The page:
... a categorical complaint from the country
Editor's note - the sometimes creative teen spelling is left as submitted without comment.
Did you ever open an e-mail message from a friend which contained an image that hit you right between the eyes and set your blood to boiling? I received a message like this a few weeks ago. This tasteless image featured the rear end view of a teen-aged male dressed in drooping, baggy pants. He was bent at the waist and thus exposing his natural anatomy. This private area was marked with an emboldened letter Y. I felt an immediate, visceral response of repulsion to this image. I feel the same way whenever I see this part of the anatomy of an overweight, older man, exposed in public. I have never seen young men expose themselves in this tasteless manner. I did see however, the message this unsavory e-mail was meant to convey. It said to me, "Teen-aged males who dress in this manner are unworthy of our respect."
When I shared this image with my young friend Joe, it set off a shock wave that ran through the entire, teen-aged population of our small town of Bradford, Vermont. They asked me to write an article which would give voice to their collective response to this e-mail. They want to be understood and respected. What follows is a brief summation of our conversations surrounding these issues.
Teen-aged males in Vermont wear their pants far enough down on their hips to expose only the waistband of their underwear. This is their way of making a statement against older men who publicly expose themselves in this manner. It also serves as a rejection of Madison Avenue's superficial, commercialized images of "what's hot". These young men were taught in school to excel at being individuals and were empowered to express themselves in whatever manner they choose. Joe and his friends do not understand why the public and the police are singling them out as objects of ridicule, fear and suspicion because of the way they choose to dress.
Many teens cited instances in which their elders have publicly embarrassed them in their workplace by denouncing their choice in body piercing. Most teens spoke of being stopped on the street by police officers who ordered them to report where they had been, what they are doing, and where they are going... for no apparent reason. All of the teens know the police will stop them if they are spotted wearing their baseball caps while driving their cars. These teens have ceased to trust their elders and are scared to death of the police. They feel isolated, frightened and alone.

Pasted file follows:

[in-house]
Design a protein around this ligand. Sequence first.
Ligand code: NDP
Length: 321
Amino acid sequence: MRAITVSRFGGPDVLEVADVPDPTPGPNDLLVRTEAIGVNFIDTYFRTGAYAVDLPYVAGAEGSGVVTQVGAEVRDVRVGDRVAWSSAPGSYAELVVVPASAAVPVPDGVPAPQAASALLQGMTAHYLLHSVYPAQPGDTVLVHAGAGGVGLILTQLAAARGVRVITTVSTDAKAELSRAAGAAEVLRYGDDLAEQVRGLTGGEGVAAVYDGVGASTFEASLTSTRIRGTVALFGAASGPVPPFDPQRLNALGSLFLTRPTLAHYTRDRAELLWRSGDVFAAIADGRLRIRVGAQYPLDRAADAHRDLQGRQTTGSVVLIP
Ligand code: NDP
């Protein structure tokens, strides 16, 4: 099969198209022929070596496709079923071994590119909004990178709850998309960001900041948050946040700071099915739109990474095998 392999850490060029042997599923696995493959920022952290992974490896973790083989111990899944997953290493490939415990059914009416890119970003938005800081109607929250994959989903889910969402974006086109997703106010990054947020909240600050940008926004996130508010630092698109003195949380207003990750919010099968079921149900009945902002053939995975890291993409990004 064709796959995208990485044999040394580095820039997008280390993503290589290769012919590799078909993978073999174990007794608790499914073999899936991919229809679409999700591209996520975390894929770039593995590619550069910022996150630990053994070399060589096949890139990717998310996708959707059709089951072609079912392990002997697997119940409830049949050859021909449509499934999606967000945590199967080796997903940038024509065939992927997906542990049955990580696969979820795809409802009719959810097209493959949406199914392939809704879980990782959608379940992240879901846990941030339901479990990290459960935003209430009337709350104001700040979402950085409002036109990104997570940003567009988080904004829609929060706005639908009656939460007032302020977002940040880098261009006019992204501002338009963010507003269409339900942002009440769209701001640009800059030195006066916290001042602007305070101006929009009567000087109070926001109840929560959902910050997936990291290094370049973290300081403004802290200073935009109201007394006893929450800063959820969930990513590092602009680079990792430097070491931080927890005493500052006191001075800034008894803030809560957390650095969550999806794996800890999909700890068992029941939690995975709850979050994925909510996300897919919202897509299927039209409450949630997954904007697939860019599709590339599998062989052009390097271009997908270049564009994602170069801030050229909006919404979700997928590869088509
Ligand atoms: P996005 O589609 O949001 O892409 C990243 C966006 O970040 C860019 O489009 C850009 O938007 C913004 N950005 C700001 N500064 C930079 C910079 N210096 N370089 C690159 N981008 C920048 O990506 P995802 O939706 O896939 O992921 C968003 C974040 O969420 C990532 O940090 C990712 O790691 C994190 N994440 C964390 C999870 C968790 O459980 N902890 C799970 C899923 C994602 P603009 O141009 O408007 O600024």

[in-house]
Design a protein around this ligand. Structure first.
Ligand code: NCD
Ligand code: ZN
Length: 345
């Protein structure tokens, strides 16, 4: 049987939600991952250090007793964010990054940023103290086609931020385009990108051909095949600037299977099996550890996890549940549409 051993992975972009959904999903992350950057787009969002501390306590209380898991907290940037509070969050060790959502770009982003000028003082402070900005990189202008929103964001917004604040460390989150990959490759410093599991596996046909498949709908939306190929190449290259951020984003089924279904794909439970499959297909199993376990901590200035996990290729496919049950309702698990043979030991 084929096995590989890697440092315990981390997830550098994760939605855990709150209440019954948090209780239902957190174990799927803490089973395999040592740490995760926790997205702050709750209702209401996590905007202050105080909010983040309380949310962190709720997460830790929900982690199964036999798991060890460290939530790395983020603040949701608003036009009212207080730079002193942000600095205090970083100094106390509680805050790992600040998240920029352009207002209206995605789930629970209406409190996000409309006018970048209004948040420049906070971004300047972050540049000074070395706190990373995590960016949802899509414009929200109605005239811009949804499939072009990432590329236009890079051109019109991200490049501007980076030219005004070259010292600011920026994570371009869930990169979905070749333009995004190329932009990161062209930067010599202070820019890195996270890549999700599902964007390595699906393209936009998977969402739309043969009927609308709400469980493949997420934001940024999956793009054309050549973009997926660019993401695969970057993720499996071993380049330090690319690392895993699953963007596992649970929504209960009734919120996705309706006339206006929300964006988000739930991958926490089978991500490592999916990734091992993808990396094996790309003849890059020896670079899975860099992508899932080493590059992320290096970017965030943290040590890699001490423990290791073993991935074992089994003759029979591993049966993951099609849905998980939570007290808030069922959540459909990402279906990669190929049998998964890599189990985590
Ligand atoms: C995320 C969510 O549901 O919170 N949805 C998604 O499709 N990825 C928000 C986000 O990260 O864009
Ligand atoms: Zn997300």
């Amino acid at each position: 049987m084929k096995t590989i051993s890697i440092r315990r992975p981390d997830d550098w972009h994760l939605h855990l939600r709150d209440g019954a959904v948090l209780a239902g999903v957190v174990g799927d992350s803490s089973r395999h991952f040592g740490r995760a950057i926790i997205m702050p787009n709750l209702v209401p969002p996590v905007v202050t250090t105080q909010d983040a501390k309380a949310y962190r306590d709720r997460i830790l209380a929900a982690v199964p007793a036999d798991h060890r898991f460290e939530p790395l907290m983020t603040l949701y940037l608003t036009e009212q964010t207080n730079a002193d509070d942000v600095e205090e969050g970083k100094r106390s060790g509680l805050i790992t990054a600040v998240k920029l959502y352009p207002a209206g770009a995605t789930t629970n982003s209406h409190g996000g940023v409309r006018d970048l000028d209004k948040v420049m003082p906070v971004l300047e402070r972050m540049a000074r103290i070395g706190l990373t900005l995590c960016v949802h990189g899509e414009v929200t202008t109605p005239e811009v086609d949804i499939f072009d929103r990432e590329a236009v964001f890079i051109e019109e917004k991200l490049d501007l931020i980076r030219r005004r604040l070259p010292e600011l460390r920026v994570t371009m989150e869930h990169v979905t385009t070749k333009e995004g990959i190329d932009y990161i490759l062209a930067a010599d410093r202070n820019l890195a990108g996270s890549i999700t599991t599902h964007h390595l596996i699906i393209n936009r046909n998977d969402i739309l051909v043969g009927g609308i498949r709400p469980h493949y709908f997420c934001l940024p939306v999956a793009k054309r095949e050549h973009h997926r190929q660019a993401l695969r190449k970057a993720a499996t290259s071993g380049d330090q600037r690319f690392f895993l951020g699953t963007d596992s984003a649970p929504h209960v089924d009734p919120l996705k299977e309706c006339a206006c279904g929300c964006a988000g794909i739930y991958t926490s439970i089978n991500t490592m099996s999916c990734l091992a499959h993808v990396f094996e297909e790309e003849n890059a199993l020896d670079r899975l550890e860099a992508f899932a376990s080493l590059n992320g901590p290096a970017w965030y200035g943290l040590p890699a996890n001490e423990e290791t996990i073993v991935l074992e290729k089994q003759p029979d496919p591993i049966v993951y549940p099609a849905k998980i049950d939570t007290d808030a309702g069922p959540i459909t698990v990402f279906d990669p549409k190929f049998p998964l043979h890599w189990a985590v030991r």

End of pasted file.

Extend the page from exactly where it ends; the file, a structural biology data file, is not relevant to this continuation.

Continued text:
This generation was encouraged in school to assume their place in a worldwide, "global village". As children, they were immersed in studies of the history, culture and mores of other countries to the exclusion of America. As a result, they cannot understand why people continue to evaluate each other in terms of gender, ethnicity, religious beliefs or moral behavior. They also cannot understand American patriotism or feel a connection with their homeland.
Teens adhere to the firm belief that all life on our planet is doomed to die from the effects of "global warming" within the next hundred years. Being brought up in an age of war, they are convinced there will be never be an end to it. They know if they go to a state college in Vermont, they will graduate with loan payments they can't afford to pay back. They are sure there will be no money available to them in Social Security funds when they retire. Many of them see no reason to prepare for a future that is doomed to fail.
These teens simply cannot understand society's preoccupation with teenage drug abuse. They grew up in a culture in which the majority of them and/or their parents were placed on some form of drug therapy. These drugs were prescribed to treat the gambit of illnesses from Attention Deficit Disorder to Defiance Disorder and from Anxiety to Post Traumatic Stress Syndrome. The message they received from their pediatricians, parents and teachers as children was, "Drugs help people." When faced with the contradicting message that drugs were bad, most of them set out on a course to find out why. They learned a lot about drugs from each other or through personal experimentation. What they didn"t know, they researched on-line and have now become experts in "street pharmacology". This is their "drug rap song":
"Oxycotton, Zanex bars,
Valiums, morphine patches
Ecstacy, its all up for grabs."
The composers of this song want people who don't listen to "rap music" to know this song is meant as a put down of all "drug companies". These teens consider them to be the biggest and deadliest "drug pushers" in the world.
The Y Generation, if you still choose to call them this, is pleased to have been able to share their collective frustrations and fears with you. They want to be understood and respected for who they are as people. They don't want a hand out or expect a free ride. They consider themselves to be the "street smart" survivors of this dying world.
October 3, 2008